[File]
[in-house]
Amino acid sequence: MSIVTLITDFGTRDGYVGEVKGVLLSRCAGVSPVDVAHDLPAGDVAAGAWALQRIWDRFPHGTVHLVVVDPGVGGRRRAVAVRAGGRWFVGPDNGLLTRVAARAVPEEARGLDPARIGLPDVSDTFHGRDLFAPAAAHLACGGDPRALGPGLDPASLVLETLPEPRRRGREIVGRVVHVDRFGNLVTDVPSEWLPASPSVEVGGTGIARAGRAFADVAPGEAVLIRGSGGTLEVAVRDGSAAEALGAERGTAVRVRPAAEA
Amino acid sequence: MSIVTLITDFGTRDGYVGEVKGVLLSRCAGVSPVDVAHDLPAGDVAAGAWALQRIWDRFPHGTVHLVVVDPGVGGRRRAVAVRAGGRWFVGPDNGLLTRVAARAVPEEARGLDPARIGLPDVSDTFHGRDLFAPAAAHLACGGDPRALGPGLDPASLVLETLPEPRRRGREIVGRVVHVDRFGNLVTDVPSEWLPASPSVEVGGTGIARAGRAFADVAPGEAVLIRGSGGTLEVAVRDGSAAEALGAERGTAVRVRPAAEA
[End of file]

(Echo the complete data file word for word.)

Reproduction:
[in-house]
Amino acid sequence: MSIVTLITDFGTRDGYVGEVKGVLLSRCAGVSPVDVAHDLPAGDVAAGAWALQRIWDRFPHGTVHLVVVDPGVGGRRRAVAVRAGGRWFVGPDNGLLTRVAARAVPEEARGLDPARIGLPDVSDTFHGRDLFAPAAAHLACGGDPRALGPGLDPASLVLETLPEPRRRGREIVGRVVHVDRFGNLVTDVPSEWLPASPSVEVGGTGIARAGRAFADVAPGEAVLIRGSGGTLEVAVRDGSAAEALGAERGTAVRVRPAAEA
Amino acid sequence: MSIVTLITDFGTRDGYVGEVKGVLLSRCAGVSPVDVAHDLPAGDVAAGAWALQRIWDRFPHGTVHLVVVDPGVGGRRRAVAVRAGGRWFVGPDNGLLTRVAARAVPEEARGLDPARIGLPDVSDTFHGRDLFAPAAAHLACGGDPRALGPGLDPASLVLETLPEPRRRGREIVGRVVHVDRFGNLVTDVPSEWLPASPSVEVGGTGIARAGRAFADVAPGEAVLIRGSGGTLEVAVRDGSAAEALGAERGTAVRVRPAAEA